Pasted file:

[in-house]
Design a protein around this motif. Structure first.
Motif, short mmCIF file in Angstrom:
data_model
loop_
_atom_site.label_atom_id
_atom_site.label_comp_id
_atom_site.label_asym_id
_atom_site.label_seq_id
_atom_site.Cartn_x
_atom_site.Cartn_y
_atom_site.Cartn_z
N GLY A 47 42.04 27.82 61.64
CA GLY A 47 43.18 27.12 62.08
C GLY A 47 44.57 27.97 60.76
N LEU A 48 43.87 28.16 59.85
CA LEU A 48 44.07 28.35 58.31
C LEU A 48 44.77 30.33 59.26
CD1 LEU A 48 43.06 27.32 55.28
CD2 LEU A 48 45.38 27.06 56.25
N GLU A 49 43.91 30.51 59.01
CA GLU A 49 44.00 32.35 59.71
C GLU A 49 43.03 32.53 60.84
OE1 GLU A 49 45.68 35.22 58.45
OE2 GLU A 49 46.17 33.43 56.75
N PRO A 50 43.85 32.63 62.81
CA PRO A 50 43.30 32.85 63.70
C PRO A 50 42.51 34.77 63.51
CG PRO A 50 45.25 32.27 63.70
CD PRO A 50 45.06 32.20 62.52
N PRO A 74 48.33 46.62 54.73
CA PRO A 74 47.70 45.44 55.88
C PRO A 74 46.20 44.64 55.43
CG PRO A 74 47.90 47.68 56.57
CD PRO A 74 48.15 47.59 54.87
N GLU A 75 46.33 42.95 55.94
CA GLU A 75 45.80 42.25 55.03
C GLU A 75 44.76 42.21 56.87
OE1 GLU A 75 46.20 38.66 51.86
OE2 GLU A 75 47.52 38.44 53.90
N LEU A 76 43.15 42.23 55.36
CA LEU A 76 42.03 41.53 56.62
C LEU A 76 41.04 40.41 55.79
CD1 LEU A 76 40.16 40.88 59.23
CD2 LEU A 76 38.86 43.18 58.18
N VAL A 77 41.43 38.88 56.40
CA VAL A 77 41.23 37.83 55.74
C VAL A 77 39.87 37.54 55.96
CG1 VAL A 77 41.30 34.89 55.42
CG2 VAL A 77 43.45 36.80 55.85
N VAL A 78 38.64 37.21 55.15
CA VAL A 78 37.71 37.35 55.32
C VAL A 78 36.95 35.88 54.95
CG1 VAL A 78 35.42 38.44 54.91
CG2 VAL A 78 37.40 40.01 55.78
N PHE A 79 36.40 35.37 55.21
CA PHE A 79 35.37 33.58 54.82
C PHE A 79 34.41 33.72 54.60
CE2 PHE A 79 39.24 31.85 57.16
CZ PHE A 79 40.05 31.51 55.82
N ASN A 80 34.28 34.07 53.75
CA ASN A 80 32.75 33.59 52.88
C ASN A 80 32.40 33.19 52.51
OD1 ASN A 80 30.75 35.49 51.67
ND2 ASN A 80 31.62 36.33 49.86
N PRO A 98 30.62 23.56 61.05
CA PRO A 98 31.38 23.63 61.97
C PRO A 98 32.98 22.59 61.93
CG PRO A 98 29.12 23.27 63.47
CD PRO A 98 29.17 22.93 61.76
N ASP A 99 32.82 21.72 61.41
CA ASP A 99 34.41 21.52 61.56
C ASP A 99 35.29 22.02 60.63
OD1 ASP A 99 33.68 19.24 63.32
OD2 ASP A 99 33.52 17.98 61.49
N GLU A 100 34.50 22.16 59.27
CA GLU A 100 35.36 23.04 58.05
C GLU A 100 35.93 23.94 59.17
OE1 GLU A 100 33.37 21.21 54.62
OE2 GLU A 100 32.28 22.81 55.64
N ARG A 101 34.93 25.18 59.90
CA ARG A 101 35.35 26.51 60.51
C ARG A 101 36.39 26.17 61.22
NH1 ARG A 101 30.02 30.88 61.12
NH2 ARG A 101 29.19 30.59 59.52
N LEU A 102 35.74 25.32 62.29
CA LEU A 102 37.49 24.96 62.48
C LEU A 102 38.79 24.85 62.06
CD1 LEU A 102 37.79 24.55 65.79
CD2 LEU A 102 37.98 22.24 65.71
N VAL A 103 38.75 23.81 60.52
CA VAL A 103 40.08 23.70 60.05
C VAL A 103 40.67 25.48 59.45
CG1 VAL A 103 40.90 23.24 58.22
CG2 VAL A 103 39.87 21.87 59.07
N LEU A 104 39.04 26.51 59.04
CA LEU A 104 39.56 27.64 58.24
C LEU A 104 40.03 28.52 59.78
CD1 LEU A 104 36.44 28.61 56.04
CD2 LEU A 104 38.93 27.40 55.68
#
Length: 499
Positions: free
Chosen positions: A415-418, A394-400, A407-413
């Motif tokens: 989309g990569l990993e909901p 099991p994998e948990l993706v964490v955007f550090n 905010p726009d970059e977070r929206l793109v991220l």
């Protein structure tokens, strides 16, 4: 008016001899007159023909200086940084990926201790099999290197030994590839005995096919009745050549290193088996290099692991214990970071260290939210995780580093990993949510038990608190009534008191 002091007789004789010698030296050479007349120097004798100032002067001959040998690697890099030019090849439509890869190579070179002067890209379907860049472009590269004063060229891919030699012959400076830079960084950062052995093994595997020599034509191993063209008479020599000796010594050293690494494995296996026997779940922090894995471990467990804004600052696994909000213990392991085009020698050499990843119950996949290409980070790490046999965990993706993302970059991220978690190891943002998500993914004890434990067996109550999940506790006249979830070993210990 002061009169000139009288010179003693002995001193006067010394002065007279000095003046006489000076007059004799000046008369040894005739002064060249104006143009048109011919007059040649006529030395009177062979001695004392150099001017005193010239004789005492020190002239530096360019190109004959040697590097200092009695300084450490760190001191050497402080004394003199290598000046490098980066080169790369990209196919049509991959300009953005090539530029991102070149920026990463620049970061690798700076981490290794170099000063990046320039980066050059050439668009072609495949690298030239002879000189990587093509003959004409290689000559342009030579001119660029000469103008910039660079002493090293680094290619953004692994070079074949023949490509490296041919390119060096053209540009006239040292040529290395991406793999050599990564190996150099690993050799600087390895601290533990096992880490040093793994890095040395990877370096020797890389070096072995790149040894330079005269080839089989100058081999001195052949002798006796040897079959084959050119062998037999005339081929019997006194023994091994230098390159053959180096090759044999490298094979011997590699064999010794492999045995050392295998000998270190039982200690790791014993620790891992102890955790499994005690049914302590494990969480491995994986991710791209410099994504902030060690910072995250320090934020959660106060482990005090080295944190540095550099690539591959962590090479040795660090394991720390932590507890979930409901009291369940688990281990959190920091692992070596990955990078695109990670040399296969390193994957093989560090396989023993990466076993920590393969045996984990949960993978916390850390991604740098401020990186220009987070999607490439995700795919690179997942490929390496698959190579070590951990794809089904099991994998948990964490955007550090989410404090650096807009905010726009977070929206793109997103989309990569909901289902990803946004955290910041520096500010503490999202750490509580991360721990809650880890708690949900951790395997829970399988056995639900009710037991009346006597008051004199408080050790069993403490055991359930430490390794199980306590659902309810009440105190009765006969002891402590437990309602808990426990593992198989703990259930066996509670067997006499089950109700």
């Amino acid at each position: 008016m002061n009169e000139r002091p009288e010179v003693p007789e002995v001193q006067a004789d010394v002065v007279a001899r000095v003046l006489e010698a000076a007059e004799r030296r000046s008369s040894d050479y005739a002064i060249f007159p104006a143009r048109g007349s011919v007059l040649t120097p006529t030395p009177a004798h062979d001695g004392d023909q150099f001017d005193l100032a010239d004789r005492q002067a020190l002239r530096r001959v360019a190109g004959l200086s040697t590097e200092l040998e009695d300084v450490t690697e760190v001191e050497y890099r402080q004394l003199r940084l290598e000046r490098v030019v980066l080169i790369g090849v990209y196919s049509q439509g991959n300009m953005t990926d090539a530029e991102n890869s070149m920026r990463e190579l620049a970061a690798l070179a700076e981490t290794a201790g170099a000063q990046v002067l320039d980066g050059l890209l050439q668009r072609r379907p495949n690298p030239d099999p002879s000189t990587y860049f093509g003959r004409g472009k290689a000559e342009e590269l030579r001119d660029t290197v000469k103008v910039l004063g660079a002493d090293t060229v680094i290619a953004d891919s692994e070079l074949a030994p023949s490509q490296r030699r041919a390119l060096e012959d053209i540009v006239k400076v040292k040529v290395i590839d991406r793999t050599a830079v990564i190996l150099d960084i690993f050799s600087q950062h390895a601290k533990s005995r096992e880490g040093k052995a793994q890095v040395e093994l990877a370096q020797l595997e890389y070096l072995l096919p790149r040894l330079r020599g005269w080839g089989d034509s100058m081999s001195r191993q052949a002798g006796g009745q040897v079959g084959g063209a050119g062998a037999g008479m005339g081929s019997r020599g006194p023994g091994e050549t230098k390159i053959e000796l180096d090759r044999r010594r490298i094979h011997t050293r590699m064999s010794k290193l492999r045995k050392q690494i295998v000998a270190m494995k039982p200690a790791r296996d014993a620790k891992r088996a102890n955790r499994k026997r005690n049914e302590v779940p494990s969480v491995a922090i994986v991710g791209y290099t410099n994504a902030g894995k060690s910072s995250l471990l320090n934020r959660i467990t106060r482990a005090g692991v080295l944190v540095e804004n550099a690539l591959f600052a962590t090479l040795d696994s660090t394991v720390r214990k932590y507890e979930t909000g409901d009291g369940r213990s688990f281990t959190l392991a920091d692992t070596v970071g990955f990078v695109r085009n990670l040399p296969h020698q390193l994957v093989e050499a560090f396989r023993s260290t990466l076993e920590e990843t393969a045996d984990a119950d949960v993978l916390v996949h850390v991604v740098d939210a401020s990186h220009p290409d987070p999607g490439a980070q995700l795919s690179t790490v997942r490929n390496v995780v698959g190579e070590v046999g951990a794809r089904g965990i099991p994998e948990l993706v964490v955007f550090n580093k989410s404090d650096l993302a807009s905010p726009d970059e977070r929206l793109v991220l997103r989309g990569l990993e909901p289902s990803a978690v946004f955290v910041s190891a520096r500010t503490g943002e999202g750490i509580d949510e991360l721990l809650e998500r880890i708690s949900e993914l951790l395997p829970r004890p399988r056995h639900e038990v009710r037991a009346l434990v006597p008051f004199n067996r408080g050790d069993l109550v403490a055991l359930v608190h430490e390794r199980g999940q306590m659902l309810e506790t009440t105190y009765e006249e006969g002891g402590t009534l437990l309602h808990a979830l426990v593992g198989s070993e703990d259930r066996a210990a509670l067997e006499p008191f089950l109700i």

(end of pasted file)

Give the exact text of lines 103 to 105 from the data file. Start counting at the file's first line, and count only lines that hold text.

Positions: free
Chosen positions: A415-418, A394-400, A407-413
């Motif tokens: 989309g990569l990993e909901p 099991p994998e948990l993706v964490v955007f550090n 905010p726009d970059e977070r929206l793109v991220l």